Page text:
The court’s trepidation was well-founded.  Divestiture makes sense when monopoly power results from acquisitions, because the mergers expose joints at which the firm might be separated without rending fully integrated operations.  But imposing divestiture on a monopolist for engaging in single-firm exclusionary conduct threatens to destroy the integration that is the essence of any firm and is almost always disproportional to the offense.  Even if conduct remedies can be more costly to enforce than structural relief, the additional cost is usually less than the cost to the economy of forgone efficiency.   

The proposals to break up the Big Tech firms are ill-defined.  Based on what has been reported, no structural relief could be justified as antitrust relief.  Whatever conduct might have been unlawful was overwhelmingly unilateral. The few acquisitions that have occurred didn’t appreciably create or preserve monopoly power, and divestiture wouldn’t do much to correct the misbehavior critics see anyway.  Big Tech firms could be restructured through new legislation, but that would be a mistake. High tech platform markets typically yield dominant firms, though heterogeneous demand often creates space for competitors. Markets are better at achieving efficient structures than are government planners.  Legislative efforts at restructuring are likely to invite circumvention or lock in inefficiency.

Regulate “Big Tech” instead?

In truth, many critics are willing to put up with dominant tech platforms but want them regulated.  If we learned any lesson from the era of pervasive economic regulation of public utilities, it is that regulation is costly and often yields minimal benefits.  George Stigler and Claire Friedland demonstrated 57 years ago that electric utility regulation had little impact. The era of regulation was followed by an era of deregulation.  Yet the desire to regulate remains strong, and as Stigler and Friedland observed, “if wishes were horses, one would buy stock in a harness factory.” And just how would Big Tech platform regulators regulate?  Senator Warren offers a glimpse of the kind of regulation that critics might impose: “Platform utilities would be required to meet a standard of fair, reasonable, and nondiscriminatory dealing with users.” This kind of standard has some meaning in the context of a standard-setting organization dealing with patent holders.  What it would mean in the context of a social media platform, for example, is anyone’s guess. Would it prevent biasing of information for political purposes, and what government official should be entrusted with that determination? What is certain is that it would invite government intervention into markets that are working well, if not perfectly.  It would invite public officials to tradeoff economic welfare for a host of values embedded in the concept of fairness. Federal agencies charged with promoting the “public interest” have a difficult enough time reaching conclusions where competition is one of several specific values to be considered. Regulation designed to address all the evils high tech platforms are thought to perpetrate would make traditional economic or public-interest regulation look like child’s play.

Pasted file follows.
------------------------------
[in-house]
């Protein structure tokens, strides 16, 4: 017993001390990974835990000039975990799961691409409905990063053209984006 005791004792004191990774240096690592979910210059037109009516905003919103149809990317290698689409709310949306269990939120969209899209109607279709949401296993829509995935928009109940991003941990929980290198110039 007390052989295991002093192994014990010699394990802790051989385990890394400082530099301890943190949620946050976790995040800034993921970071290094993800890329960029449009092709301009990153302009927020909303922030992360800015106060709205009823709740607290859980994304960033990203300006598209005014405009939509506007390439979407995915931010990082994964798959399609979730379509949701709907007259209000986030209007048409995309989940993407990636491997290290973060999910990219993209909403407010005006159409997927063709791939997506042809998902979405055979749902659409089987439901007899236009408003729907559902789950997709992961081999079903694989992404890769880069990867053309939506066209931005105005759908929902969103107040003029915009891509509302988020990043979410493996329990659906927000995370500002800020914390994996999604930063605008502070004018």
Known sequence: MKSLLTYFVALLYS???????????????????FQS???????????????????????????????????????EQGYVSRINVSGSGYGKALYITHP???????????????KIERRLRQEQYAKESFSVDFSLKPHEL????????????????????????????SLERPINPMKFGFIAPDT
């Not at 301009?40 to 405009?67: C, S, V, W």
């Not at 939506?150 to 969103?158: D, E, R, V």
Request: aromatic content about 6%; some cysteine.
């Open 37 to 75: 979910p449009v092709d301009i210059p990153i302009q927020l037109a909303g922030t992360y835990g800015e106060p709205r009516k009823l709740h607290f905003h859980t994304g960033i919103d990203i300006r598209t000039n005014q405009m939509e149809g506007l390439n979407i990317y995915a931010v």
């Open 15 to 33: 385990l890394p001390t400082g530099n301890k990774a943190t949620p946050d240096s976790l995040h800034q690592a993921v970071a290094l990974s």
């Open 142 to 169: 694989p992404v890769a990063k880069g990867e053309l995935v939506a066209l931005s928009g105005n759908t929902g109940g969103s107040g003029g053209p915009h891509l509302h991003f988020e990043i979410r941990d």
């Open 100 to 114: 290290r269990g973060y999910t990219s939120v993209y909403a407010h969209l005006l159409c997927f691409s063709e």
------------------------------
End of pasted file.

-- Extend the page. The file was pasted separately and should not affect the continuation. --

Concluding remarks

Big Tech firms have generated immense value.  They may do real harm. From all that can now be gleaned, any harm has had little to do with antitrust, and it certainly doesn’t justify breaking them up.  Nor should they be broken up as an exercise in central economic planning. If abuses can be identified, such as undesirable invasions of privacy, focused legislation may be in order, but even then only if the government action is predictably less costly than the abuses.